There's been mixed review of the Australian edition of BBC 2's infamous Top Gear program; some critics, probably under advertising pressure, urge viewers to give the hosts a chance to "find their niche", others say they love it, and still others describe it as a complete failure. Whatever the final judgment may be, a whole lot of people have their eyes on Top Gear Australia.
All over the world, crowds of crazed fanatics hold the names "Clarkson," "Hammond," and "May," in great regard. However, in America, a majority of the population doesn't have the slightest clue as to what Top Gear
even is. This being said, a small yet highly devoted crowd of American enthusiasts does exist, myself being included in this group. The original show won my heart from the first time I saw Jeremy Clarkson review a car
, and I have followed the show almost religiously for the better half of the last 4 years. When I heard news of this and the other Top Gear spin-offs, I, probably like every other male torrentist with too much spare time and a broadband connection, was intrigued. More Top Gear couldn't possibly be a bad thing. Or could it?
In 2002 Top Gear was cancelled due to low ratings. As a replacement, a show called Fifth Gear
came to life. The producers of Fifth Gear tried desperately to win audiences over by appealing to "the common man". They did this by reviewing cars that people were actually likely to buy as opposed to the Ferraris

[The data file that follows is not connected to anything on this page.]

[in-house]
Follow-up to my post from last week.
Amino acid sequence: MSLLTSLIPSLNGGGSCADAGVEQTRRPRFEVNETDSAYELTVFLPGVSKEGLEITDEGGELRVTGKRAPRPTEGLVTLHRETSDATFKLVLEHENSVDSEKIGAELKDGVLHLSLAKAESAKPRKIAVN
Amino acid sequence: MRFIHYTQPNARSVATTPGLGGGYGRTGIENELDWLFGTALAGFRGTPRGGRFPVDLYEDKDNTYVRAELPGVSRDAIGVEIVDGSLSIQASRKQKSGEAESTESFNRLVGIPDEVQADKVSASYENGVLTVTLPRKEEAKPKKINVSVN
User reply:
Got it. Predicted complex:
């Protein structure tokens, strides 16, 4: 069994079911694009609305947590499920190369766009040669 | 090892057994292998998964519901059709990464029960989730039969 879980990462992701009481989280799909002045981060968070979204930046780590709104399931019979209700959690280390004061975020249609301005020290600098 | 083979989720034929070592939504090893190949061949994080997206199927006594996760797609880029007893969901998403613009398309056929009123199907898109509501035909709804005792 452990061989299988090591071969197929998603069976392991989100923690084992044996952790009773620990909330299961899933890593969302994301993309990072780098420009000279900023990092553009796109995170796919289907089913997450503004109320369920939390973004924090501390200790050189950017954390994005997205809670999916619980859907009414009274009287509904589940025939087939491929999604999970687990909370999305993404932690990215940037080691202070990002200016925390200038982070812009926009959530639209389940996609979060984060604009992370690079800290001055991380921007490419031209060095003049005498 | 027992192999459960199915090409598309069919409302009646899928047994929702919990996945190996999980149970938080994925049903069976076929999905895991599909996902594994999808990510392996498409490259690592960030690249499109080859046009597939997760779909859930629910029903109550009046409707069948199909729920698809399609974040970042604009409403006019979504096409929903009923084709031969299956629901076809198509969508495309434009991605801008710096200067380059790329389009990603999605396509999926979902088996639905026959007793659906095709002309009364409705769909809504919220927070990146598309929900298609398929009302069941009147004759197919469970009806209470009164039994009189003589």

commonly featured on Top Gear. The problem with this is the cars people are likely to buy aren't the ones they want to watch on TV. The producers also appealed to the original audience of Top Gear by hiring 3 ex-Top Gear hosts to do the show as well as imitating the original Top Gear's casual, humorous tone. Despite their efforts, Fifth Gear was a huge failure, in my book at least (it was okay though, as the Fifth Gear's low ratings prompted the production of the new version of Top Gear, which has been an epic success). With the failure of Fifth Gear fresh in my mind, news of the new Top Gear series' worried me. Would they make the same mistakes Fifth Gear had made just a few years earlier? Or would they captivate the minds of the world like the original program had done decades ago?
Lemme break it down for ya.
A normal episode of the original Top Gear
proceeds as follows:
-The show starts off with a review of (usually) a very fast car by one of the presenters (Jeremy Clarkson, Richard Hammond or James May). If it isn't fast, the car will definitely have some kind of redeeming feature that makes it interesting. This review is usually humorous, informative, and persuasive all at the same time.
-After the initial review, the show presenters proceed to "do the news". The news is most always very interesting; it usually involves new cars, discussion of controversial subjects regarding motoring, and other new developments in the automobile industry. This portion of the show is also usually quite humorous and informative at the same time.
-The next few portions of the show can be a variety of things. Sometimes the presenters will be "ordered by the producers" to participate in "challenges" in three different cars, thus reviewing the cars. I love this part of the show because it's essentially just three gearheads mucking about with what seems to be an infinite budget. The possibilities are endless. Some sort of competition between the presenters also keeps the audience entertained.
-The rest of the show might include a race between two forms of transport. Races in the past have included cars like Ferraris, AMG Mercedes-Benz's, and even the Bugatti Veyron against speedboats, cruise liners, planes and trains. These races are usually fairly genuine, though the authenticity of some of the results seem sketchy.